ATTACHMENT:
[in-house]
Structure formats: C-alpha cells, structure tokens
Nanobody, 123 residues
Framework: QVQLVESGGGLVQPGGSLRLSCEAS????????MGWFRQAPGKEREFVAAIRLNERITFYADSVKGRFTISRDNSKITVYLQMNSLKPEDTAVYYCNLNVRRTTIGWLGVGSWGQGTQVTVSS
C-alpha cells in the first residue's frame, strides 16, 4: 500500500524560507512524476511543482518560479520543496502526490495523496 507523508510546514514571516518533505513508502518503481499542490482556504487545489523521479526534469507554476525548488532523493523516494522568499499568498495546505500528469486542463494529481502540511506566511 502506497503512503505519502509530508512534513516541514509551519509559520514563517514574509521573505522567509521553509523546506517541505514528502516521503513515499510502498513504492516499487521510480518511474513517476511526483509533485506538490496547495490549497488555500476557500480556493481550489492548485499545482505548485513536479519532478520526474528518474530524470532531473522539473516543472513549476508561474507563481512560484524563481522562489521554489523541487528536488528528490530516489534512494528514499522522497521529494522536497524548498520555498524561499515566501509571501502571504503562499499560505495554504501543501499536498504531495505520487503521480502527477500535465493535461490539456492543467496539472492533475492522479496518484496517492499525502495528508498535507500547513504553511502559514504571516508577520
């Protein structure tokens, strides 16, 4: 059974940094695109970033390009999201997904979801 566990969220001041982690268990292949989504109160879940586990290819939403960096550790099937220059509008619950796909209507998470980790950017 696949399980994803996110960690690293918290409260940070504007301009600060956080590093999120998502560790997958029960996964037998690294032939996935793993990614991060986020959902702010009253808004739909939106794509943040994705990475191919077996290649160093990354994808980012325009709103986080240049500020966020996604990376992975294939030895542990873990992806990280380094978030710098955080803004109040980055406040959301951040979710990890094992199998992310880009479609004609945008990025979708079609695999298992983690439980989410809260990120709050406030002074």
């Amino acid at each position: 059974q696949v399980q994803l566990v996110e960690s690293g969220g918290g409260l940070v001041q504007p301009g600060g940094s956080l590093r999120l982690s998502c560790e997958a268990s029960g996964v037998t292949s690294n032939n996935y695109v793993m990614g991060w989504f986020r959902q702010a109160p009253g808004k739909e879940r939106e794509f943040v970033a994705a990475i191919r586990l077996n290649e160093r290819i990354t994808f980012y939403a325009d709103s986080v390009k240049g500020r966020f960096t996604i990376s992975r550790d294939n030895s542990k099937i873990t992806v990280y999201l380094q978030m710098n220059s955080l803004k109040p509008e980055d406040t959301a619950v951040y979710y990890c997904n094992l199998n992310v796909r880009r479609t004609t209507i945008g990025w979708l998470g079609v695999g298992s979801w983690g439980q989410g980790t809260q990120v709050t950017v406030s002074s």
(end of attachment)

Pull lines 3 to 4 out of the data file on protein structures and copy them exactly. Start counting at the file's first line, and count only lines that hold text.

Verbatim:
Nanobody, 123 residues
Framework: QVQLVESGGGLVQPGGSLRLSCEAS????????MGWFRQAPGKEREFVAAIRLNERITFYADSVKGRFTISRDNSKITVYLQMNSLKPEDTAVYYCNLNVRRTTIGWLGVGSWGQGTQVTVSS